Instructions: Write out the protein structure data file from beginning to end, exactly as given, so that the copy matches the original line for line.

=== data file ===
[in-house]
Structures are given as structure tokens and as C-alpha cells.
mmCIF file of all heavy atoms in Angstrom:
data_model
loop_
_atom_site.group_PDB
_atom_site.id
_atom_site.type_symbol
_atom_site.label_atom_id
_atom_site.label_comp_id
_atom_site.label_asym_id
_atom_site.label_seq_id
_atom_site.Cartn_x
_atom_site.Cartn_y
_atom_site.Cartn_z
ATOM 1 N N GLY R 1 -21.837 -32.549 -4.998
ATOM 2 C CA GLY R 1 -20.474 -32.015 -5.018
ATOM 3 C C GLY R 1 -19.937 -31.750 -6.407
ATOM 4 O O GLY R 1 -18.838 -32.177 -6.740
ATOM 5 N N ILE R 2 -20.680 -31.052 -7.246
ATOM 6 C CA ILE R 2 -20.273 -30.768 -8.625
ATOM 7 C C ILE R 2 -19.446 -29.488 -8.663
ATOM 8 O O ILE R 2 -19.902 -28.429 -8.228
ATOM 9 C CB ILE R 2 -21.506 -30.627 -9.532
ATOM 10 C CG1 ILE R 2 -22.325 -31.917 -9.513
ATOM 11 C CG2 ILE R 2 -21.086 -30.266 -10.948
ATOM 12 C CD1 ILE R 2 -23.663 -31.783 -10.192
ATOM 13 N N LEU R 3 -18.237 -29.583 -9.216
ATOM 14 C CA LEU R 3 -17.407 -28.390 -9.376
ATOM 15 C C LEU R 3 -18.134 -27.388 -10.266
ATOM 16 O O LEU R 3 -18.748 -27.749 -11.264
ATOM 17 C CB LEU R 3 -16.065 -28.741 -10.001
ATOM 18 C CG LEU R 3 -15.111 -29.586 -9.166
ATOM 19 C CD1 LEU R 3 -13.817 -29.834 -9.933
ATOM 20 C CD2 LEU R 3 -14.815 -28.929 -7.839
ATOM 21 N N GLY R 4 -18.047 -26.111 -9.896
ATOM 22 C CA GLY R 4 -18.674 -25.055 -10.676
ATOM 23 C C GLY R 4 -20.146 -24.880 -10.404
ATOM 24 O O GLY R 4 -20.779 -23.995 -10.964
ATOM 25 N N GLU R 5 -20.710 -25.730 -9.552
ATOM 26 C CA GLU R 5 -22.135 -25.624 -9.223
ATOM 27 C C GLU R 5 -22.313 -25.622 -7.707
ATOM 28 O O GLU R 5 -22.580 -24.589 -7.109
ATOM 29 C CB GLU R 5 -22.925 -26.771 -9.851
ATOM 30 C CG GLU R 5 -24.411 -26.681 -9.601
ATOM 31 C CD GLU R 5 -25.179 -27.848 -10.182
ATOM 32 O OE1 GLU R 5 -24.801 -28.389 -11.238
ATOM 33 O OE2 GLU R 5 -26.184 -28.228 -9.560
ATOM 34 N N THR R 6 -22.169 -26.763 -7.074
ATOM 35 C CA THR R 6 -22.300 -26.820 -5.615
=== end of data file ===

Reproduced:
[in-house]
Structures are given as structure tokens and as C-alpha cells.
mmCIF file of all heavy atoms in Angstrom:
data_model
loop_
_atom_site.group_PDB
_atom_site.id
_atom_site.type_symbol
_atom_site.label_atom_id
_atom_site.label_comp_id
_atom_site.label_asym_id
_atom_site.label_seq_id
_atom_site.Cartn_x
_atom_site.Cartn_y
_atom_site.Cartn_z
ATOM 1 N N GLY R 1 -21.837 -32.549 -4.998
ATOM 2 C CA GLY R 1 -20.474 -32.015 -5.018
ATOM 3 C C GLY R 1 -19.937 -31.750 -6.407
ATOM 4 O O GLY R 1 -18.838 -32.177 -6.740
ATOM 5 N N ILE R 2 -20.680 -31.052 -7.246
ATOM 6 C CA ILE R 2 -20.273 -30.768 -8.625
ATOM 7 C C ILE R 2 -19.446 -29.488 -8.663
ATOM 8 O O ILE R 2 -19.902 -28.429 -8.228
ATOM 9 C CB ILE R 2 -21.506 -30.627 -9.532
ATOM 10 C CG1 ILE R 2 -22.325 -31.917 -9.513
ATOM 11 C CG2 ILE R 2 -21.086 -30.266 -10.948
ATOM 12 C CD1 ILE R 2 -23.663 -31.783 -10.192
ATOM 13 N N LEU R 3 -18.237 -29.583 -9.216
ATOM 14 C CA LEU R 3 -17.407 -28.390 -9.376
ATOM 15 C C LEU R 3 -18.134 -27.388 -10.266
ATOM 16 O O LEU R 3 -18.748 -27.749 -11.264
ATOM 17 C CB LEU R 3 -16.065 -28.741 -10.001
ATOM 18 C CG LEU R 3 -15.111 -29.586 -9.166
ATOM 19 C CD1 LEU R 3 -13.817 -29.834 -9.933
ATOM 20 C CD2 LEU R 3 -14.815 -28.929 -7.839
ATOM 21 N N GLY R 4 -18.047 -26.111 -9.896
ATOM 22 C CA GLY R 4 -18.674 -25.055 -10.676
ATOM 23 C C GLY R 4 -20.146 -24.880 -10.404
ATOM 24 O O GLY R 4 -20.779 -23.995 -10.964
ATOM 25 N N GLU R 5 -20.710 -25.730 -9.552
ATOM 26 C CA GLU R 5 -22.135 -25.624 -9.223
ATOM 27 C C GLU R 5 -22.313 -25.622 -7.707
ATOM 28 O O GLU R 5 -22.580 -24.589 -7.109
ATOM 29 C CB GLU R 5 -22.925 -26.771 -9.851
ATOM 30 C CG GLU R 5 -24.411 -26.681 -9.601
ATOM 31 C CD GLU R 5 -25.179 -27.848 -10.182
ATOM 32 O OE1 GLU R 5 -24.801 -28.389 -11.238
ATOM 33 O OE2 GLU R 5 -26.184 -28.228 -9.560
ATOM 34 N N THR R 6 -22.169 -26.763 -7.074
ATOM 35 C CA THR R 6 -22.300 -26.820 -5.615